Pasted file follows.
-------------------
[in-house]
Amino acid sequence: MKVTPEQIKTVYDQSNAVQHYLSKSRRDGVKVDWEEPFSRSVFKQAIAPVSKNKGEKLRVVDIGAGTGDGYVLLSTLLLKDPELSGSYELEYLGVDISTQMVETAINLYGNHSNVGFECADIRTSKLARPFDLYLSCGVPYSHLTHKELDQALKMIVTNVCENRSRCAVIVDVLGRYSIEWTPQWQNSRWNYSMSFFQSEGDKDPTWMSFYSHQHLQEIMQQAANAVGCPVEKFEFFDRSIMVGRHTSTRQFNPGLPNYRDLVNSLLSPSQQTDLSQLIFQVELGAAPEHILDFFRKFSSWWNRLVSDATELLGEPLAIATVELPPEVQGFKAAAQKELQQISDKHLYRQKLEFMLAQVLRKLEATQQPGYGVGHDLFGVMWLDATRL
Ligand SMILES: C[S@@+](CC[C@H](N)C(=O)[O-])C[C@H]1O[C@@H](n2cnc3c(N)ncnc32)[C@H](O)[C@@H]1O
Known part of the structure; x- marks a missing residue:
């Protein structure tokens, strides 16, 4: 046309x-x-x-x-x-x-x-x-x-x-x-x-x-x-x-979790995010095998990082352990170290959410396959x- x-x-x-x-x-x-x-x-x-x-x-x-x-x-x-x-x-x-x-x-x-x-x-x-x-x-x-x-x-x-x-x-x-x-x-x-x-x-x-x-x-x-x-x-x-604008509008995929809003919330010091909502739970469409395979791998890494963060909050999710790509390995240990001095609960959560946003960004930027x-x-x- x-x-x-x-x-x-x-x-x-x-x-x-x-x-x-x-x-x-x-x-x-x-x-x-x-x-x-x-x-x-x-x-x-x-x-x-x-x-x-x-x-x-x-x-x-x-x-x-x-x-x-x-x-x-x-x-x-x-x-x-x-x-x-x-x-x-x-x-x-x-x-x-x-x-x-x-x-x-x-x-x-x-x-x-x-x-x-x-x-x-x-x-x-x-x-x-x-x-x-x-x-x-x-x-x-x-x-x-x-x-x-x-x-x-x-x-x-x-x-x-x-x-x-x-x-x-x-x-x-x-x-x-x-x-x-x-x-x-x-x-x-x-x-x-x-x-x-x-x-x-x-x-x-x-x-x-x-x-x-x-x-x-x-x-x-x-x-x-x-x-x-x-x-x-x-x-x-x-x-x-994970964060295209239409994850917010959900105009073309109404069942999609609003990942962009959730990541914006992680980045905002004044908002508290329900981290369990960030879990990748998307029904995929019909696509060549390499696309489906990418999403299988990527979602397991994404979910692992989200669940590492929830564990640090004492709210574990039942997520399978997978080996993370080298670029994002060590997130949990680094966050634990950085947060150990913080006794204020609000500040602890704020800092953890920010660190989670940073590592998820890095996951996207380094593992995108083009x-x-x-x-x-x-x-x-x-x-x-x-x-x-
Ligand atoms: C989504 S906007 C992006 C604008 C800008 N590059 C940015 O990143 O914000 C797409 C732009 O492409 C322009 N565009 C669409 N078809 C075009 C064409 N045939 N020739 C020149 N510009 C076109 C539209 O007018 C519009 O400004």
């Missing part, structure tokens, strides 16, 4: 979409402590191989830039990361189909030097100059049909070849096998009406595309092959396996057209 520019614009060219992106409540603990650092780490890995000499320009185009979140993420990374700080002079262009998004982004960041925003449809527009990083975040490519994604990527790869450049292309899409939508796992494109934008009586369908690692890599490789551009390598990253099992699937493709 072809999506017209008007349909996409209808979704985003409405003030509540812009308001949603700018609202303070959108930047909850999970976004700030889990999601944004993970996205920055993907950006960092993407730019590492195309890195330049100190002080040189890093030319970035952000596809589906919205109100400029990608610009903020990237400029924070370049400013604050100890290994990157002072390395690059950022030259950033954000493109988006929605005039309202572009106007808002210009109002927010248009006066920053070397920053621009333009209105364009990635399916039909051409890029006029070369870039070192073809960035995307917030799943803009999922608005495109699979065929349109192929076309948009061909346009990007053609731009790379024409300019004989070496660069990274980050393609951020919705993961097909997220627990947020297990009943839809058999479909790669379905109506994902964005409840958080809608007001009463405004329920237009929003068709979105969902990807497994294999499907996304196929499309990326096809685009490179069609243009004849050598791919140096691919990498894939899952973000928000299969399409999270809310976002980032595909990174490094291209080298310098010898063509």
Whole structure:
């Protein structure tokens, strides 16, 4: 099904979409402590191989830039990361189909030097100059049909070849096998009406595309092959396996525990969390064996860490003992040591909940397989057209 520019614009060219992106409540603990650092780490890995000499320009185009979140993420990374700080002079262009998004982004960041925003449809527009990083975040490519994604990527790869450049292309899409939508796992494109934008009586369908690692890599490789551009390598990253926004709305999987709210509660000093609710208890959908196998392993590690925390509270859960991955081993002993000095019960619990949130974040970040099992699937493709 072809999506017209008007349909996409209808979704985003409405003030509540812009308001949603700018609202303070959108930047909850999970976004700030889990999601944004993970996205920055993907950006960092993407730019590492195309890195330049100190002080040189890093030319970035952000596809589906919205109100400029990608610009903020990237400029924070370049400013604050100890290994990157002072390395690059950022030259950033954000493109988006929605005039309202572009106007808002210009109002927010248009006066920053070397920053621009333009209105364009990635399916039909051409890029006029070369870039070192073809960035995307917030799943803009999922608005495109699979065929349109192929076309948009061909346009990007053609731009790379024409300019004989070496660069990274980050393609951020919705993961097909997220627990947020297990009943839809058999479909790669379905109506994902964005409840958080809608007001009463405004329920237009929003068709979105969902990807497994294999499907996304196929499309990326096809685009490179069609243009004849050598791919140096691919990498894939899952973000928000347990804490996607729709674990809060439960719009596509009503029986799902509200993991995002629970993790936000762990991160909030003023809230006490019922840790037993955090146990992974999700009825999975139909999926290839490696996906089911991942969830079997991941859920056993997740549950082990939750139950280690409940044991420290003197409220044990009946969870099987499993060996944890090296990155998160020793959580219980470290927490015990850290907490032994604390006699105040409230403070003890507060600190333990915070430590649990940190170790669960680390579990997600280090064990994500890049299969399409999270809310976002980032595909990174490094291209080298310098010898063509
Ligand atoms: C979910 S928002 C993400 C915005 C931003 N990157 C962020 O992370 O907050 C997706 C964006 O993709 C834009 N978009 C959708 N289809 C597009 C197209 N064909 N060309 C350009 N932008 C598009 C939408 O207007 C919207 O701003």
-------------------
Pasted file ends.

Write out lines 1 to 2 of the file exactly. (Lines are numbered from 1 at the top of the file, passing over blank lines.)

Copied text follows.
[in-house]
Amino acid sequence: MKVTPEQIKTVYDQSNAVQHYLSKSRRDGVKVDWEEPFSRSVFKQAIAPVSKNKGEKLRVVDIGAGTGDGYVLLSTLLLKDPELSGSYELEYLGVDISTQMVETAINLYGNHSNVGFECADIRTSKLARPFDLYLSCGVPYSHLTHKELDQALKMIVTNVCENRSRCAVIVDVLGRYSIEWTPQWQNSRWNYSMSFFQSEGDKDPTWMSFYSHQHLQEIMQQAANAVGCPVEKFEFFDRSIMVGRHTSTRQFNPGLPNYRDLVNSLLSPSQQTDLSQLIFQVELGAAPEHILDFFRKFSSWWNRLVSDATELLGEPLAIATVELPPEVQGFKAAAQKELQQISDKHLYRQKLEFMLAQVLRKLEATQQPGYGVGHDLFGVMWLDATRL